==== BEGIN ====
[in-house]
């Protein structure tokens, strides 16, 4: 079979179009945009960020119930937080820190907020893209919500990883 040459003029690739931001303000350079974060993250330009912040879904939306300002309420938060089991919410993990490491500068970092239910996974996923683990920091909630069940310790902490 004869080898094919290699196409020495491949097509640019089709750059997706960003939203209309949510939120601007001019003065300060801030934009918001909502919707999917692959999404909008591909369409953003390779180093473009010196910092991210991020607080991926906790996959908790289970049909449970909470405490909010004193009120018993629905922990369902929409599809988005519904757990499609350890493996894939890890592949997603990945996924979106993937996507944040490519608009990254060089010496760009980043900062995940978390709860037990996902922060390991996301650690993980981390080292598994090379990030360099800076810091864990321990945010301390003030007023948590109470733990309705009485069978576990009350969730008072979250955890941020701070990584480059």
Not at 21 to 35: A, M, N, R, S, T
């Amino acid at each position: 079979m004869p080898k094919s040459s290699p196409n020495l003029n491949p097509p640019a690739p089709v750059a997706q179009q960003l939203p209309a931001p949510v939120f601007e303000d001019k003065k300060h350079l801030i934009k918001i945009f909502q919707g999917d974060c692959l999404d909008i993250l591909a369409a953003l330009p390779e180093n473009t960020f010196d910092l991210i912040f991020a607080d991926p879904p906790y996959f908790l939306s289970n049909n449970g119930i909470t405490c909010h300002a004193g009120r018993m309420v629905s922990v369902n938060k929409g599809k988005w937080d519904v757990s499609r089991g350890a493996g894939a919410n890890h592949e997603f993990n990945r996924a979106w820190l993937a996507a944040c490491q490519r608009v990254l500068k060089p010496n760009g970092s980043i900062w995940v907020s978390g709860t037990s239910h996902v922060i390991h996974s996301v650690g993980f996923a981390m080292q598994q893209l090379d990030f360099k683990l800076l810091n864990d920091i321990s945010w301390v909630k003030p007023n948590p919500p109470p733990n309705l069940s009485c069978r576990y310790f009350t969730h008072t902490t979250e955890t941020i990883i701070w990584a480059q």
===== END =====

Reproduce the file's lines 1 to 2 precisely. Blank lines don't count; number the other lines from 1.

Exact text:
[in-house]
């Protein structure tokens, strides 16, 4: 079979179009945009960020119930937080820190907020893209919500990883 040459003029690739931001303000350079974060993250330009912040879904939306300002309420938060089991919410993990490491500068970092239910996974996923683990920091909630069940310790902490 004869080898094919290699196409020495491949097509640019089709750059997706960003939203209309949510939120601007001019003065300060801030934009918001909502919707999917692959999404909008591909369409953003390779180093473009010196910092991210991020607080991926906790996959908790289970049909449970909470405490909010004193009120018993629905922990369902929409599809988005519904757990499609350890493996894939890890592949997603990945996924979106993937996507944040490519608009990254060089010496760009980043900062995940978390709860037990996902922060390991996301650690993980981390080292598994090379990030360099800076810091864990321990945010301390003030007023948590109470733990309705009485069978576990009350969730008072979250955890941020701070990584480059």